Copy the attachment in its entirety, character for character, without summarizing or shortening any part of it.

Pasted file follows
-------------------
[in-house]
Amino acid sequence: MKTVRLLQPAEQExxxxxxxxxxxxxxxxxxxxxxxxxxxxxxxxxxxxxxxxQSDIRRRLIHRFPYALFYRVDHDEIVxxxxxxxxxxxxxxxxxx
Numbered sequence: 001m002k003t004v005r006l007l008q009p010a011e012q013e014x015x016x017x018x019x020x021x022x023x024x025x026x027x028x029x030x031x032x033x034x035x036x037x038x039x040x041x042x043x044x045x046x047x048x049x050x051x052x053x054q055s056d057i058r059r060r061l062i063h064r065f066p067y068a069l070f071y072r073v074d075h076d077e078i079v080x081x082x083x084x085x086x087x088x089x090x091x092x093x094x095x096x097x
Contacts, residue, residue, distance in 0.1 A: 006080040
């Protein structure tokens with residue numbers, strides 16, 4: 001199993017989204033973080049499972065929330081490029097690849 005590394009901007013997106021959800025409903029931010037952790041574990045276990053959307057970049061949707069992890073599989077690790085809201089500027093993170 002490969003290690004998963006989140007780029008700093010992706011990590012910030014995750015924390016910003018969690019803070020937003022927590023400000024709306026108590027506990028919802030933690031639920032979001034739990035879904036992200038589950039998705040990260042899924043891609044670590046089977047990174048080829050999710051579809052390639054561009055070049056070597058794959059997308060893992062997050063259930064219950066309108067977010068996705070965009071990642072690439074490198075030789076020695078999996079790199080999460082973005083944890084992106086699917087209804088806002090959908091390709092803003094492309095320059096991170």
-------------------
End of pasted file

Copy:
[in-house]
Amino acid sequence: MKTVRLLQPAEQExxxxxxxxxxxxxxxxxxxxxxxxxxxxxxxxxxxxxxxxQSDIRRRLIHRFPYALFYRVDHDEIVxxxxxxxxxxxxxxxxxx
Numbered sequence: 001m002k003t004v005r006l007l008q009p010a011e012q013e014x015x016x017x018x019x020x021x022x023x024x025x026x027x028x029x030x031x032x033x034x035x036x037x038x039x040x041x042x043x044x045x046x047x048x049x050x051x052x053x054q055s056d057i058r059r060r061l062i063h064r065f066p067y068a069l070f071y072r073v074d075h076d077e078i079v080x081x082x083x084x085x086x087x088x089x090x091x092x093x094x095x096x097x
Contacts, residue, residue, distance in 0.1 A: 006080040
């Protein structure tokens with residue numbers, strides 16, 4: 001199993017989204033973080049499972065929330081490029097690849 005590394009901007013997106021959800025409903029931010037952790041574990045276990053959307057970049061949707069992890073599989077690790085809201089500027093993170 002490969003290690004998963006989140007780029008700093010992706011990590012910030014995750015924390016910003018969690019803070020937003022927590023400000024709306026108590027506990028919802030933690031639920032979001034739990035879904036992200038589950039998705040990260042899924043891609044670590046089977047990174048080829050999710051579809052390639054561009055070049056070597058794959059997308060893992062997050063259930064219950066309108067977010068996705070965009071990642072690439074490198075030789076020695078999996079790199080999460082973005083944890084992106086699917087209804088806002090959908091390709092803003094492309095320059096991170």